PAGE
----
Sermon given by Rev. Frank Clarkson, June 17, 2018.
It has been such a joy and a blessing for me to be singing with our choir these past few months. It feels my soul. A few weeks ago, Lisa introduced us to the piece we just sang, and I loved it’s invitation, in the midst of pain and strife, to let peace flow down like rain.
A couple of weeks ago I was in the car, listening to a conversation on the radio about the trouble at our Southern border, where people fleeing violence and poverty, some of them having walked over a thousand miles, are trying to get into this county. And our government’s response is this new policy of separating children from their parents, in a effort to discourage them from trying to come here at all. One of the people on the radio asked, “Where are the faith communities?” And I said back, “We’re coming!”
I said this because I knew that a few days from then, I’d be down in Burlington, participating in a protest at the Immigration (ICE) offices there, a place immigrants fear these days, because it’s where they have to show up for hearings, which can means being detained and deported. The protest was called a Jericho Walk, from the story in the Bible when Joshua and his followers marched around the city of Jericho, and the walls came tumbling down.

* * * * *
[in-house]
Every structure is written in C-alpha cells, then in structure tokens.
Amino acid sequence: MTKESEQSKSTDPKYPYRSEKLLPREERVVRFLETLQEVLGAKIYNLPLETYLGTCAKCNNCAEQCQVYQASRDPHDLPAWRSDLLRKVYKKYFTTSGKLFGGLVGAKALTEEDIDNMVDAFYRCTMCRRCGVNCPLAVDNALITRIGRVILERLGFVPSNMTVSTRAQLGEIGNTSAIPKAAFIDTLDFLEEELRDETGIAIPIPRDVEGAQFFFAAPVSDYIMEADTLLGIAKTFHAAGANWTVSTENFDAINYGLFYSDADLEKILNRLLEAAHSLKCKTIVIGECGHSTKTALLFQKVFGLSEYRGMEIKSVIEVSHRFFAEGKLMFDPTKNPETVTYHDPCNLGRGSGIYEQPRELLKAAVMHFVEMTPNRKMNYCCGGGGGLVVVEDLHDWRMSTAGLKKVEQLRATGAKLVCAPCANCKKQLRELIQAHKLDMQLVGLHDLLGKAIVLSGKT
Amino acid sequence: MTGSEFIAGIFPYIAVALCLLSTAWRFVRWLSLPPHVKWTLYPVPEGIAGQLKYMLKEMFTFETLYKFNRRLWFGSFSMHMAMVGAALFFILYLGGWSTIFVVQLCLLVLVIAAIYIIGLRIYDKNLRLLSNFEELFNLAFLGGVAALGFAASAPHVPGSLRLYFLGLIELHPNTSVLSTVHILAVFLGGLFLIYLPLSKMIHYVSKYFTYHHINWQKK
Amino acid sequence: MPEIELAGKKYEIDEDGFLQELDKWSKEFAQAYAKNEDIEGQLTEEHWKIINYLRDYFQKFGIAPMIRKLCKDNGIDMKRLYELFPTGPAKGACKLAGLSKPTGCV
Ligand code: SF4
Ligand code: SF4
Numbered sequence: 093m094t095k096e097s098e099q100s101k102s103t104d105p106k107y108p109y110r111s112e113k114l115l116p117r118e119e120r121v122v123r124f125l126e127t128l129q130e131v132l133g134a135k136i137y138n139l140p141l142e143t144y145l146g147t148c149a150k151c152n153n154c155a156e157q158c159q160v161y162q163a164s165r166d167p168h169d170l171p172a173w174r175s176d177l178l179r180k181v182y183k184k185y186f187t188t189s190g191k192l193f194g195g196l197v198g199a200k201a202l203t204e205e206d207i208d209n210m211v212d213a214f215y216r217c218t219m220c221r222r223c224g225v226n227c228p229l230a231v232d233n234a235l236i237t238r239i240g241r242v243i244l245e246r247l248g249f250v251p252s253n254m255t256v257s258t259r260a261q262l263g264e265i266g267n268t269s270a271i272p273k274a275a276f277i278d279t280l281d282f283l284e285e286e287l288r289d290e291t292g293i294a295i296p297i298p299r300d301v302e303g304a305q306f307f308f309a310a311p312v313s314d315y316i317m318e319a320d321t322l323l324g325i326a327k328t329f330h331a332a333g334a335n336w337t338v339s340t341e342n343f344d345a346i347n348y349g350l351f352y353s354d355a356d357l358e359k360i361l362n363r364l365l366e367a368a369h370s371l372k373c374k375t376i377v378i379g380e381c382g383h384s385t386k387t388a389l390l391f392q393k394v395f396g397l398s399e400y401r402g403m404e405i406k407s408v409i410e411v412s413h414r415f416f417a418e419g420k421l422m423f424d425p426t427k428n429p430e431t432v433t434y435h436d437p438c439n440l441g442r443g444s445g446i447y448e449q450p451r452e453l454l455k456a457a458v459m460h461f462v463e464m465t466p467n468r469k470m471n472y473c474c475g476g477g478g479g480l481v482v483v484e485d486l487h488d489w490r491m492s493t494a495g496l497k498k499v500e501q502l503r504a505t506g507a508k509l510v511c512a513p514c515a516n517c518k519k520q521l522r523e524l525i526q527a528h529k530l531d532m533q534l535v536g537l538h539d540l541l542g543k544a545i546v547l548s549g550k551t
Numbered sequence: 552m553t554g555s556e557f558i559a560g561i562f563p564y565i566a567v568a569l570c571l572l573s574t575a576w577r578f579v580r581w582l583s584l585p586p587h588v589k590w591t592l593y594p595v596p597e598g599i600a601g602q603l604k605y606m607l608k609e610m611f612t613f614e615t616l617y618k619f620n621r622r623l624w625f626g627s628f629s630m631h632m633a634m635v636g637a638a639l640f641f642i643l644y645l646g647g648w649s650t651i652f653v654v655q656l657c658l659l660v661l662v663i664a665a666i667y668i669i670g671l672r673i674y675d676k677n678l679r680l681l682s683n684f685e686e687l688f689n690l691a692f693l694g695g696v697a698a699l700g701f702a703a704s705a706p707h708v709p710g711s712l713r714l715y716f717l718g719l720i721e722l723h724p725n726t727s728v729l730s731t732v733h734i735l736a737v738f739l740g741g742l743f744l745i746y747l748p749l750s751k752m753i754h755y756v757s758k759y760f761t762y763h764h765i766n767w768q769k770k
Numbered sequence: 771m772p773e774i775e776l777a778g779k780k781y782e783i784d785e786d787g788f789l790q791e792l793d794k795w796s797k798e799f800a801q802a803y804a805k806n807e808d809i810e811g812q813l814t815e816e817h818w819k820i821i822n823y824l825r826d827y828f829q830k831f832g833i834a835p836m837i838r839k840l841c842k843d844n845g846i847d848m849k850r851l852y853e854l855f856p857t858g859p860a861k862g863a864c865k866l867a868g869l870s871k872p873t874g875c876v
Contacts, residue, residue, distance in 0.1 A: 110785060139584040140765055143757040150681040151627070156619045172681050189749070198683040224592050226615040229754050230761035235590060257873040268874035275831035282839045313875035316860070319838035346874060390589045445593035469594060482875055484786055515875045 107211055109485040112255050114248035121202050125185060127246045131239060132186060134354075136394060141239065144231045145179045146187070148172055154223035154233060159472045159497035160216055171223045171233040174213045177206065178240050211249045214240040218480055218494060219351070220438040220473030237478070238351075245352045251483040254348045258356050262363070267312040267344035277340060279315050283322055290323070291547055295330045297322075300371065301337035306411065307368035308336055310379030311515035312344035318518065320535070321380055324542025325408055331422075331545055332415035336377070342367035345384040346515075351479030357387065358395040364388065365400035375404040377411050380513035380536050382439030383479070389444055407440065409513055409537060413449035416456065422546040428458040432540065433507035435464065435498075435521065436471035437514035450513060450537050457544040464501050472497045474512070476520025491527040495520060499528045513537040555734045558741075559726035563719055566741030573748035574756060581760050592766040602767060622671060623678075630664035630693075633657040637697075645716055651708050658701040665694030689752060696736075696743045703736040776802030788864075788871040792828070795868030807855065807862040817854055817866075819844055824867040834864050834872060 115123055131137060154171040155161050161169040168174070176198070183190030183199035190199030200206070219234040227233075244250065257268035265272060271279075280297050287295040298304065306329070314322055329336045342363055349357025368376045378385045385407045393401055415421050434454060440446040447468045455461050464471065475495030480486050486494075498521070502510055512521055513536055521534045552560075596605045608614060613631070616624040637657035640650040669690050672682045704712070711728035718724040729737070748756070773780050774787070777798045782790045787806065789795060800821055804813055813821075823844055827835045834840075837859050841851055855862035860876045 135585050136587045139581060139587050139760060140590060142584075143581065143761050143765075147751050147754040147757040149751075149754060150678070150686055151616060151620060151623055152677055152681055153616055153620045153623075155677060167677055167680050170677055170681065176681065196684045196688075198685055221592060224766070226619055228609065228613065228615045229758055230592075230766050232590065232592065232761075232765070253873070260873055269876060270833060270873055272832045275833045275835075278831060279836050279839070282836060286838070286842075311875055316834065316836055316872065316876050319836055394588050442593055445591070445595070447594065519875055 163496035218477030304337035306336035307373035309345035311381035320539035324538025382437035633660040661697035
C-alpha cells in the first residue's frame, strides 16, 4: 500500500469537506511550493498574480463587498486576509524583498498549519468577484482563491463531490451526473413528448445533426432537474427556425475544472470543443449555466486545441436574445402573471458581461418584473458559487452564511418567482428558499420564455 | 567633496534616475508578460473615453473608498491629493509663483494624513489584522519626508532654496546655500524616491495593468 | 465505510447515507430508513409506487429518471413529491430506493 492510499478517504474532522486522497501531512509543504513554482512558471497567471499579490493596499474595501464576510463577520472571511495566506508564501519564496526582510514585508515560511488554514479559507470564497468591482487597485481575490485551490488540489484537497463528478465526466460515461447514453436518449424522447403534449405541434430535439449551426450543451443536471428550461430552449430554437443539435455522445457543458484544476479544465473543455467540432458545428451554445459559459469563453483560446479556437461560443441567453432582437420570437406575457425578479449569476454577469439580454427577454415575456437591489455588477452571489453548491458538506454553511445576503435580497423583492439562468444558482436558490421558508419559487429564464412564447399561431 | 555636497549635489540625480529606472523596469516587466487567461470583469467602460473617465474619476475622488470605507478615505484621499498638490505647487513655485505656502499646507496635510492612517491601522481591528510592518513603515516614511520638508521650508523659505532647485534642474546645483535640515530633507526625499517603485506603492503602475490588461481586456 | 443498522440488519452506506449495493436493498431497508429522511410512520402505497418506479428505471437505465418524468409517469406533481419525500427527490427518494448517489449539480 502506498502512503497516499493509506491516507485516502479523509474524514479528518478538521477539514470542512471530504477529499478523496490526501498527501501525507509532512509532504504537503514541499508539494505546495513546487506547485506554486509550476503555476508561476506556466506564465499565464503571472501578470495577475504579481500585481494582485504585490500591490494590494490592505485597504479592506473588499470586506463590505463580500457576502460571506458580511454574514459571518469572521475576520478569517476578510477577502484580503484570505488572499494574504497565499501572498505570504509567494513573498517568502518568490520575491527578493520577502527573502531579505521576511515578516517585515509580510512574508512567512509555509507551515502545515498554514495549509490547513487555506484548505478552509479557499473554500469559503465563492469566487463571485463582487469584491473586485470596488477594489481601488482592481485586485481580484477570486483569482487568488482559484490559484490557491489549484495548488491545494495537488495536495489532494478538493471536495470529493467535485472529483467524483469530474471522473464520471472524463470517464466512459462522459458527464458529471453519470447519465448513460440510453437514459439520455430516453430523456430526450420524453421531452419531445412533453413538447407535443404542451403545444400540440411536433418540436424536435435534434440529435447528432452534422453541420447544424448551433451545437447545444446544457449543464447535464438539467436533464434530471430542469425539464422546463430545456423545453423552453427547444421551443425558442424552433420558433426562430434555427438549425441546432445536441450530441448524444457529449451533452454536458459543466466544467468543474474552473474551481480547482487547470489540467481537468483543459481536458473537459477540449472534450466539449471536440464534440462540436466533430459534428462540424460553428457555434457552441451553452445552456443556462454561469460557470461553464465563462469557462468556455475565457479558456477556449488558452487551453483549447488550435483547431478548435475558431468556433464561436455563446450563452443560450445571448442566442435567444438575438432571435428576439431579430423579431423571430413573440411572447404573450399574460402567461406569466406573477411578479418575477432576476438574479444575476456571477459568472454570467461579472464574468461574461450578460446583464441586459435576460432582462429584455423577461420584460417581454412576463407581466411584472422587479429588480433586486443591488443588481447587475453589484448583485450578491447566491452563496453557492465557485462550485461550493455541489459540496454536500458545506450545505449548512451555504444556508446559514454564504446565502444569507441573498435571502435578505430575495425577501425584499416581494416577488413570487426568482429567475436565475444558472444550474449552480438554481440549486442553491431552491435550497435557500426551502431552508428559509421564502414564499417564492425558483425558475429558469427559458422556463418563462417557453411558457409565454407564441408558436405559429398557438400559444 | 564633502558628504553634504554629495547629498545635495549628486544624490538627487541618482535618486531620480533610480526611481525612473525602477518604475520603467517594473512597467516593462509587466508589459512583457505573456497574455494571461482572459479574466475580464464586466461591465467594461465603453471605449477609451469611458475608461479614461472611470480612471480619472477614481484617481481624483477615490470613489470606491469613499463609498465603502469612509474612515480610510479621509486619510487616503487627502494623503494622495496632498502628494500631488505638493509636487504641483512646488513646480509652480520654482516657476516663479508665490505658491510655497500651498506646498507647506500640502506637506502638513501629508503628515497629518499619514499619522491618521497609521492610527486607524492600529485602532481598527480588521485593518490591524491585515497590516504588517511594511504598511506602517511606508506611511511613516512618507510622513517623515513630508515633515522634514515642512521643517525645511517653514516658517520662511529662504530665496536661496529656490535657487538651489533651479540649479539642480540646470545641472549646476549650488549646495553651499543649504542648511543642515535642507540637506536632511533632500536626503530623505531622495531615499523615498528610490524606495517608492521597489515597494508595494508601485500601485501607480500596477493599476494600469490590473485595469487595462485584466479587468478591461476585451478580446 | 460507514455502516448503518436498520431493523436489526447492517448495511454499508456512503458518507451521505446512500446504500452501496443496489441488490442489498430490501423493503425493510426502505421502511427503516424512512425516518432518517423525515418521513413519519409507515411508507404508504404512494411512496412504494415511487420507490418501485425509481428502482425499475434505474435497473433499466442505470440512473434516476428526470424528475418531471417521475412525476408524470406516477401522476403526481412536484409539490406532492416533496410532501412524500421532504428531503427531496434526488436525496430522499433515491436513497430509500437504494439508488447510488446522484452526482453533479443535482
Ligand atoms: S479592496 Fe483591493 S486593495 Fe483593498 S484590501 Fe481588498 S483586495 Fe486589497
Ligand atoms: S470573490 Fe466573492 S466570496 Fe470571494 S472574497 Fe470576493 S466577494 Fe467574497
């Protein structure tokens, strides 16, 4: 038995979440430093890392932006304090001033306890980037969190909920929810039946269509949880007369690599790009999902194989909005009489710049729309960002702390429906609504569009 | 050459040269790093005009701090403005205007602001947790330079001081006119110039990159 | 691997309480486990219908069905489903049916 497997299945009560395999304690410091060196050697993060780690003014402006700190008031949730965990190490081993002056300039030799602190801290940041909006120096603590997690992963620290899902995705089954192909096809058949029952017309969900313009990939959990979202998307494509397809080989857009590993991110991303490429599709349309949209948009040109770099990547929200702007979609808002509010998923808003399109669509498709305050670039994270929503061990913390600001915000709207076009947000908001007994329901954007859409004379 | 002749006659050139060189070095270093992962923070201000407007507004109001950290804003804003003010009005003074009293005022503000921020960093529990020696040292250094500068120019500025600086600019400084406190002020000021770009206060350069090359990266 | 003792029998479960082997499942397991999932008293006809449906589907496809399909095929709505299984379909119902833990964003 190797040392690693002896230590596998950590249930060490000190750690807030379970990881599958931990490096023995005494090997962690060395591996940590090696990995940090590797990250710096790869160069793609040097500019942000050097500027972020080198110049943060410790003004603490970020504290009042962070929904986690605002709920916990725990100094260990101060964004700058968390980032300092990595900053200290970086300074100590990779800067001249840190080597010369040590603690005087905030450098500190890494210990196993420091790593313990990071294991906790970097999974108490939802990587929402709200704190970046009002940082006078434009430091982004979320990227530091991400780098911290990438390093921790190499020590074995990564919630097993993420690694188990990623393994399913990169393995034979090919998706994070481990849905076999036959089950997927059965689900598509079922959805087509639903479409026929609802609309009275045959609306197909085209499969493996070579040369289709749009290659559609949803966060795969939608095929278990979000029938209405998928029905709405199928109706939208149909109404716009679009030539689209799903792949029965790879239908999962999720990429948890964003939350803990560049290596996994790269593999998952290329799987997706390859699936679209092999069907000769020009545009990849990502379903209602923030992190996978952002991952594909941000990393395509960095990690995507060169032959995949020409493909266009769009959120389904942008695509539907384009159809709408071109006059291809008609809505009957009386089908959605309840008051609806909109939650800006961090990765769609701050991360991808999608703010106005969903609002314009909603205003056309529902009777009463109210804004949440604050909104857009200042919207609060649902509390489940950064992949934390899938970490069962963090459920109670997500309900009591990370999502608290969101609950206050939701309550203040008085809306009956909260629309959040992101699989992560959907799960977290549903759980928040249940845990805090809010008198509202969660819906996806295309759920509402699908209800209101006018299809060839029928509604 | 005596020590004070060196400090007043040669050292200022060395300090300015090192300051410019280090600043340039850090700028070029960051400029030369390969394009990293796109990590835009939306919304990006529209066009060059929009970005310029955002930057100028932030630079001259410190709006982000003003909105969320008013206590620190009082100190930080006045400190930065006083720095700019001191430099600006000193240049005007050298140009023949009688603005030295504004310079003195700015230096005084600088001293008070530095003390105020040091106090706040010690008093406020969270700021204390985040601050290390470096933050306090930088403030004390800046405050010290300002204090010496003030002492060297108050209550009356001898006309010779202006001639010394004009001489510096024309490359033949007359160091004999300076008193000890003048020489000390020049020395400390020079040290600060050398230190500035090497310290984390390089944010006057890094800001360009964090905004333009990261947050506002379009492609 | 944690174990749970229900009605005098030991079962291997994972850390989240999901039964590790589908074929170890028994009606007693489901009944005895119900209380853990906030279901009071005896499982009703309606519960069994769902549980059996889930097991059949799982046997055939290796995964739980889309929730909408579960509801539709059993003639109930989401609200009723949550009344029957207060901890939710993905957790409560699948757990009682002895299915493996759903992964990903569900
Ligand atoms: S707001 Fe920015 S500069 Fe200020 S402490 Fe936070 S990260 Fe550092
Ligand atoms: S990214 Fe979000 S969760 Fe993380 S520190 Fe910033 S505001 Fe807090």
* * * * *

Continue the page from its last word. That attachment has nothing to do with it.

The walk began with prayer, first in Spanish and then translated into English by our own Jane Hucks. The walking, over a hundred of us for about an hour, was done in silence, and then we prayed again, and several rabbis sounded their shofars and we lifted a loud unison cry at the ICE building, praying that the walls of injustice will, one day, come tumbling down.
The anthem our choir just sang was written two summers ago, as our nation faced violence and injustice, and I hear it as a prayer for these days too:
Let peace, like welcome rain, flow freely down, flow freely down,
to heal this dry, parched land.
Come soothe the summer’s wounded soul
and flood the burning fears we hold
with truth, and hope, and deeper understanding…